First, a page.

WordPress 3.0 and basic styling

I’ve just upgraded to WordPress 3.0 from WordPress 2.6 and it was a very painless experience. That being said my blog definitely doesn’t have many posts and I didn’t make many changes to my default theme. I must admit that I manage a few websites with WordPress, they are very easy to manage considering that they are self sufficient and don’t require a lot of maintenance. I’ve had very few problems with my WordPress websites and I am considering switching some of my older websites over to WordPress. Disabling the blog feature in wordpress is very easy, all you have to do is go to Settings and select the static page option and select the created page you would like the home page to be. You do need to create a page before you can use this feature.

One of my pet peeves has always been the use of a visual HTML editor since I’ve always felt that HTML should only be created by hand. WordPress has a built in editor called TinyMCE. After I made the conversion to WordPress 3.0 I noticed that since the columns have been widened when I switched over to the new default theme some of my pages were not styled correctly. I had created them using the visual html editor since it didn’t take a lot of time to do. However the visual editor, when you save your work with it, will erase several tags such as br and p tags. It also removes some HTML formatting, this only happens when you switch from the visual editor to the HTML editor. After struggling with switching between editors and losing my formatting I decided to switch the Visual Editor off in WordPress. After I switched it off it made creating pages and properly styling them much easier.

Once you realize how WordPress does its styling around elements in the HTML editor, styling then becomes much much easier. Some of my tips for creating properly styled pages using the HTML editor are as follows:

1. Use the br element for separating elements on pages. Make sure there is an empty line above and below the br element.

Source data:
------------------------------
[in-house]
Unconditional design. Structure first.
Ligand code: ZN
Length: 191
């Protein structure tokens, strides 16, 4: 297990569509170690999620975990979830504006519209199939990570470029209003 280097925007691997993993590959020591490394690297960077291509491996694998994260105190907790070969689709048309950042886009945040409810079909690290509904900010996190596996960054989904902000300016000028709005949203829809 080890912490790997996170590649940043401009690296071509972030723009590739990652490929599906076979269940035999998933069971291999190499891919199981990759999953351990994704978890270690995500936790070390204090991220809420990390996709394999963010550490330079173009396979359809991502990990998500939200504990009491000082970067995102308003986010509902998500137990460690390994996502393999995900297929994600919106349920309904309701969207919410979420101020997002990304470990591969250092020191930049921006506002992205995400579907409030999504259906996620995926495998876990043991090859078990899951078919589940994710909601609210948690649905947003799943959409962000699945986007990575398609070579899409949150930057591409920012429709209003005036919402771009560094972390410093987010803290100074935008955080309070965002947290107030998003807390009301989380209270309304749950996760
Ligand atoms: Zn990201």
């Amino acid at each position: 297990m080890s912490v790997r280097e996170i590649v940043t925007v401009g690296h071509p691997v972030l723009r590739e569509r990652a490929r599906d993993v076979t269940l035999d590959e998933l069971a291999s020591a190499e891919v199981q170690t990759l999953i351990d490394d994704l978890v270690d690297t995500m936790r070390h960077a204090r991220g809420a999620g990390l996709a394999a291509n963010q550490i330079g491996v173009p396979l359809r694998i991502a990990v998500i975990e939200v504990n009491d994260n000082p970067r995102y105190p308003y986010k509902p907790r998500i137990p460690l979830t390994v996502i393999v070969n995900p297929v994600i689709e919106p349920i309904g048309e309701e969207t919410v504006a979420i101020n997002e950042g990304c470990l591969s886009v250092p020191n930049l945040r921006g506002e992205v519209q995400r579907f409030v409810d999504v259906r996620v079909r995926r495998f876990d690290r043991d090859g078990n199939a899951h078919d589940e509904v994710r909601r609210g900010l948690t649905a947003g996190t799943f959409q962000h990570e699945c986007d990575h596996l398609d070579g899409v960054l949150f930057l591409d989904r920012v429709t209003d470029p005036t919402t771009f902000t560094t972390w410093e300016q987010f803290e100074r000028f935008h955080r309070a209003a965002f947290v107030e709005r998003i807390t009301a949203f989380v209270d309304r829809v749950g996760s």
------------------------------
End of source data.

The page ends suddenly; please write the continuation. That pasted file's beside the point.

2. WordPress will place HTML that is separated by empty lines between p elements. Global styles can be applied to this element.

3. Text that is separated by a new line will appear in a new line. WordPress inserts a br element if it sees a new line character.

These 3 easy tips should help anyone to do simple formatting on pages. More complex formatting will of course require more complex HTML and CSS. W3C Schools is a great place full of easy tutorials on creating web pages using HTML. Please think twice before using a visual editor, yes it may be faster but your pages will be harder to maintain in the long run and you won’t always get the styling that you need.

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Bulk Image Uploading

I’ve decided that I want to be able to allow my users to upload more then 1 image at a time. I wanted to find a solution that wasn’t overly complicated and that I could easily interface into my already existing Java framework. I’ve come up with 4 options.

Option #1:
Use an applet. Now this may seem like a good idea at first but applets can be complicated and I needed additional information to be submitted with my images. I didn’t want to spend hours customizing a solution in Java using Swing.

Option #2:
Use some cryptic (Action something) Microsoft technology that only works in ASP and internet explorer. I don’t even want to begin on discussing the perils of that decision.

Option #3:
Use a flash component. Again while this might seem like a good solution, modifying a flash component to meet my needs is as difficult as option #1.

Option #4:
Use a Javascript plugin. This is the quickest implementation, however you will only be able to select one image at a time every time a user clicks on the browse button.

There are 3 very good options here, the Microsoft one is an extremely terrible idea and should not be attempted. Option #1 and #3 are the most user friendly options but they would require a lot of customization, and a user would be forced to accept a security certificate every time they wanted to upload a file since the software would have to access the users hard disk. Not all web users may be trusting enough to do this. Option #4 is not as aesthetic as the other options and a user would be forced to choose one file at a time, instead of being able select multiple files. A preview would also not be available for every upload, unless the file was pre uploaded to the server but that isn’t a very useful feature. It is possible to do a preview in Internet Explorer by uploading the image to IE’s temporary memory but that doesn’t help me with other browsers.

After looking around to see what the big players in the industry are doing, I’ve decided that the best solution is the go with option #4 and eventually offer options #1 or #3 in the future and give users the option to use either. I use JQuery as my JavaScript framework so naturally it would be in my best interest to attempt to find a JQuery plugin. After looking around I have found the JQuery Multiple File Upload Plugin. It’s a very easy plugin to use and it supports a maximum or infinite amount of files. A demo can be seen at the above link.

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